What’s more, Blankman said that Winick held his students to high standards, and that was very motivating.

“He treats everyone as though he expects them to be a top student, and I think people rise to the occasion because of that teaching style,” Blankman said. “He really believes in you.”

A conscientious professor, Winick encouraged students to find their own way. His philosophy was that half of learning is struggling with a problem, and learning how to approach the problem is as important as finding a solution.

“He didn’t micromanage, and that gave me the freedom to explore and find my own answers,” said Catalin Florea, a former PhD student of Winick’s who is now Lead Optical Systems Engineer at Honeywell.

Winick demanded a high degree of integrity and work ethic from his students. He emphasized that you don’t publish papers just to publish them – you need to justify publication with solid results that add something to the field, an attitude that Florea especially appreciated.

“He really made a difference in the lives of the grad students who worked with him,” Florea said. “He’s a cool cat.”

I’d say he’s the best teacher I had at the university.

Roy Blankman

But Winick’s impact on his students goes far beyond research and academia-specific issues. He’s also known for being extremely approachable and compassionate.

“He’s a very kind, helpful, and warm person,” said Jaeyoun Kim, a former PhD student of Winick’s who’s now an Associate Professor in Electrical and Computer Engineering at Iowa State University. “He cared a lot about my family, and he’d invite us over. I could come to him for advice on stuff other than academic affairs.”

Winick worked to broaden his students’ horizons far beyond engineering. In his undergraduate classes, he not only taught the technical aspects of the subject, but he also explained the history behind each invention or discovery. Blankman remembers Winick taking extra time in his office hours to explain the entire context of a solution, including who discovered it and how it impacted science on the whole. Blankman said this gave him the tools and perspective needed to tackle future problems outside of Winick’s class, as well as a greater appreciation for how different concepts are connected.

“Without seeing why and where some of this information developed, students just think it came out of thin air,” Winick said. “The origin is often quite interesting.”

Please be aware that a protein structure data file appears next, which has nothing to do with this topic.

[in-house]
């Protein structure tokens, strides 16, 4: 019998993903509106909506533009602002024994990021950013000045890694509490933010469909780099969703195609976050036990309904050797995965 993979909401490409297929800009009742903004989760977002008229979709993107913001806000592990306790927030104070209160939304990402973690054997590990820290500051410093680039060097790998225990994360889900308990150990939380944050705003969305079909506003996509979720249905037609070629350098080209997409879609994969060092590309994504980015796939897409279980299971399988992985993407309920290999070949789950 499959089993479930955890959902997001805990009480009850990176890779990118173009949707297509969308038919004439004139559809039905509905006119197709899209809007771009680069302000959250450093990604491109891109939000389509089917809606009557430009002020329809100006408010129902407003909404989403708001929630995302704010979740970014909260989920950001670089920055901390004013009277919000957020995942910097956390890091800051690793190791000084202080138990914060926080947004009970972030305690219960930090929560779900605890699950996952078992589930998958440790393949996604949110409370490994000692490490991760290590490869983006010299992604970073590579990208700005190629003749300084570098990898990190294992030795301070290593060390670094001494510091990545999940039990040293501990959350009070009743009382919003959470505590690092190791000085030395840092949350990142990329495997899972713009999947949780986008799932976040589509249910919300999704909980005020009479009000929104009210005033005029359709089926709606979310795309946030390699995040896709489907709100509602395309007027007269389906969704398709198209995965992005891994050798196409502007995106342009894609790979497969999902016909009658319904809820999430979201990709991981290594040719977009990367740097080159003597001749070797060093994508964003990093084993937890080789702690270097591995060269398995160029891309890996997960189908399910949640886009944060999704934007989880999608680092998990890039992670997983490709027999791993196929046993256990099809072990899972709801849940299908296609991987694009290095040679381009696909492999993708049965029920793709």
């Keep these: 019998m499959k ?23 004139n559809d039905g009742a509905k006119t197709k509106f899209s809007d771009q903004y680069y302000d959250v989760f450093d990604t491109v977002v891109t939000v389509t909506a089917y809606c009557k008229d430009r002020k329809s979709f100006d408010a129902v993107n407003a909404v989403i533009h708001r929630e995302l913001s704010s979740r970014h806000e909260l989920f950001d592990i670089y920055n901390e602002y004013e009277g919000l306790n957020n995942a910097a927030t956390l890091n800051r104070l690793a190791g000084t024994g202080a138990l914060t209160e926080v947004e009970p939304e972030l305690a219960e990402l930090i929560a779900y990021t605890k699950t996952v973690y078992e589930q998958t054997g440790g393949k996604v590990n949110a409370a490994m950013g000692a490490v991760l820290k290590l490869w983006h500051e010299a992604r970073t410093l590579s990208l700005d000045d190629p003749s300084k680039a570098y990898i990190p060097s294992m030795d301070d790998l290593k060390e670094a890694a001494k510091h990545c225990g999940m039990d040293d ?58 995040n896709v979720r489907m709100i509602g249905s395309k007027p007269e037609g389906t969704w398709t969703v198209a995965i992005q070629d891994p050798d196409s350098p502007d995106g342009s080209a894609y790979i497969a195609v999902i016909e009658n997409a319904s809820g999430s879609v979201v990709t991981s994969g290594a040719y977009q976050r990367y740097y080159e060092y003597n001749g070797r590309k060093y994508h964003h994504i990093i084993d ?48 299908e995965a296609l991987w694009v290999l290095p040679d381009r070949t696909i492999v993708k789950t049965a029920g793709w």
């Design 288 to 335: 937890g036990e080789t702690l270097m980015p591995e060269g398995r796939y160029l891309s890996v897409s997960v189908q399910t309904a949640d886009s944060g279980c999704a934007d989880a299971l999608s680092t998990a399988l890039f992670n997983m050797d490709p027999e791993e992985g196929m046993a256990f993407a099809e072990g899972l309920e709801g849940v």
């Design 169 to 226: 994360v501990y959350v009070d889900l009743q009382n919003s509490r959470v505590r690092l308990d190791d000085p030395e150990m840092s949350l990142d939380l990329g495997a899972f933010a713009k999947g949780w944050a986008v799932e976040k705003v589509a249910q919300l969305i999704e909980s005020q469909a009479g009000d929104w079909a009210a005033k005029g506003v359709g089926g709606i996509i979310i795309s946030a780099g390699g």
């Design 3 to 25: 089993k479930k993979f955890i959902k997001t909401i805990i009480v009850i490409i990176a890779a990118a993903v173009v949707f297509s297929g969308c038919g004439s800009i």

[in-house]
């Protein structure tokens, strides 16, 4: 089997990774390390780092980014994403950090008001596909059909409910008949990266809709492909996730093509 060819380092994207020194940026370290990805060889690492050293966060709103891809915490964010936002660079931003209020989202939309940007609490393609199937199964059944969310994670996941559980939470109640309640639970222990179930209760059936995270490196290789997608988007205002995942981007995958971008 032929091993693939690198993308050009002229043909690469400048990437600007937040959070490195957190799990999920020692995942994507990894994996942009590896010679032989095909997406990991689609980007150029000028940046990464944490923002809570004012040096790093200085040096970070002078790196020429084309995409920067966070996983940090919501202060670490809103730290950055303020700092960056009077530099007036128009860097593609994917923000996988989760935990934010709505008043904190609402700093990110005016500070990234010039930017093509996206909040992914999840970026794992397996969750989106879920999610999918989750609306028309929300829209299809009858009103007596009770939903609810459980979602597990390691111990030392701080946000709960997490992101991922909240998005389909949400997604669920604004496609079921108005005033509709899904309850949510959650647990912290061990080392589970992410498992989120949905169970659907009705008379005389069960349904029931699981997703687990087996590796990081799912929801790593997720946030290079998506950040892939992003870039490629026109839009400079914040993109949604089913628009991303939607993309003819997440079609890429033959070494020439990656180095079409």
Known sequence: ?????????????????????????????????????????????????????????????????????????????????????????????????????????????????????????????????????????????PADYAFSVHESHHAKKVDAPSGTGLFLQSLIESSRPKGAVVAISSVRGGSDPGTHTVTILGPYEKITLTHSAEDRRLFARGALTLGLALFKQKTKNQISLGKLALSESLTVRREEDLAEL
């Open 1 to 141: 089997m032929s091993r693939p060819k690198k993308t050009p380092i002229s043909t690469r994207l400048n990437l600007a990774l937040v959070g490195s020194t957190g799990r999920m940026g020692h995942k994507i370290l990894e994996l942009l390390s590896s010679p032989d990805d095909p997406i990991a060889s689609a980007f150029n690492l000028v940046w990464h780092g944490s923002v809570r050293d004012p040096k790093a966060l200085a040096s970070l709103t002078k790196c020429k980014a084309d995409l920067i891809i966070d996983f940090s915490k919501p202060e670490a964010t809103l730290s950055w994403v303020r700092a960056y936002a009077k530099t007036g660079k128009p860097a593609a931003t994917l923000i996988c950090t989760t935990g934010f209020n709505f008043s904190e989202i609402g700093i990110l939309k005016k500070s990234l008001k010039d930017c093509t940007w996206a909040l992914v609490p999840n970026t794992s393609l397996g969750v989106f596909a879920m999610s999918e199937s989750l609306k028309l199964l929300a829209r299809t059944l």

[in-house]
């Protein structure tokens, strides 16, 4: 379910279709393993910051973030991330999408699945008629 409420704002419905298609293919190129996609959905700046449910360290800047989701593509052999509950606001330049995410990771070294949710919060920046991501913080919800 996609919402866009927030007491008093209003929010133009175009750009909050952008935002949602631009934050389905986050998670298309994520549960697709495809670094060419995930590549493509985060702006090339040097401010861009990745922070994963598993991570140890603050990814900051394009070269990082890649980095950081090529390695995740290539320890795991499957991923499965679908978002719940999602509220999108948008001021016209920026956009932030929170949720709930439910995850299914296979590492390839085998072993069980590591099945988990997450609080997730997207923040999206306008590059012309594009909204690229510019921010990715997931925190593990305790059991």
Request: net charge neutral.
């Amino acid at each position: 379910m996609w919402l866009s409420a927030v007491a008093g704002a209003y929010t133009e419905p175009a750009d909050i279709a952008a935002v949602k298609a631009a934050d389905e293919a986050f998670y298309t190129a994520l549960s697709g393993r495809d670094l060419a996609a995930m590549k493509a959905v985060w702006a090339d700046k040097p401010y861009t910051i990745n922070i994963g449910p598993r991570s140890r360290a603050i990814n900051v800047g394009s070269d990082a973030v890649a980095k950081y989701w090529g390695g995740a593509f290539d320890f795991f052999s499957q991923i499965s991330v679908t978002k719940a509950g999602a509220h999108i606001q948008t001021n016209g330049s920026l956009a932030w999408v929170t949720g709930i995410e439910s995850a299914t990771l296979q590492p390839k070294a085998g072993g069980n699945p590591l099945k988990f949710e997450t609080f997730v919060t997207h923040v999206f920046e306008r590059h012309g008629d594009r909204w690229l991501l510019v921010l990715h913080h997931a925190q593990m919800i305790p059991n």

But Winick did more than just expand horizons in the classroom – he also got students out of the classroom and into new environments that exposed them to life beyond the lab.

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The Eiffel Tower and Pont Alexandre III Bridge over river Seine.

Winick helped create a study abroad program for U-M engineers that is taught in France each summer, which is part of U-M’s College of Engineering International Programs in Engineering (IPE). As part of this 6 week long spring program, students take a course in probability (taught by Winick and/or his U-M colleague Prof, Stark) as well as courses on French language and culture. Winick is a strong proponent of study abroad programs, for he believes such programs are important to a student’s overall experience and education.

“If you haven’t traveled overseas, you may have a very narrow view of what the world is like,” Winick said. “The program we teach is 35 minutes outside Paris on the rail line, and Paris is an amazing city. For the students, it’s just a phenomenal experience.”

The trip includes tours on the Seine and visits to stunning landmarks, including Mont St. Michel. They also visit the beaches of Normandy and walk among the 10,000 tombstones.

“Travel opens your eyes,” Winick said. “You become more educated and cultured, which is why people come to universities, right?”

While Winick is looking forward to retirement, he has no plans to stop working. He hopes to finish writing some textbooks, continue doing research, and perhaps return to teaching every once in a while.

“The staff, students, and colleagues that we have here are fabulous,” Winick said. “It’s the best group of people I have ever met, and my successes at U-M can be attributed in large part to them.”

While he’s excited to pursue more leisurely activities, he emphatically states that he has no plans to move to Florida, he won’t be sailing around the world, and he will absolutely not be taking up yoga.

“The older one gets, the more one realizes that friends and relationships are the heart of the satisfying life,” Winick said in farewell, addressing his friends, colleagues, and former students at his retirement reception. “It has been a distinct honor to help educate the next generation, and as John Wheeler, the famous physicist, once said, ‘We all know that the real reason universities have students is in order to educate professors,’ and that is indeed true. Thanks again for making my time at U-M great fun. Go blue!”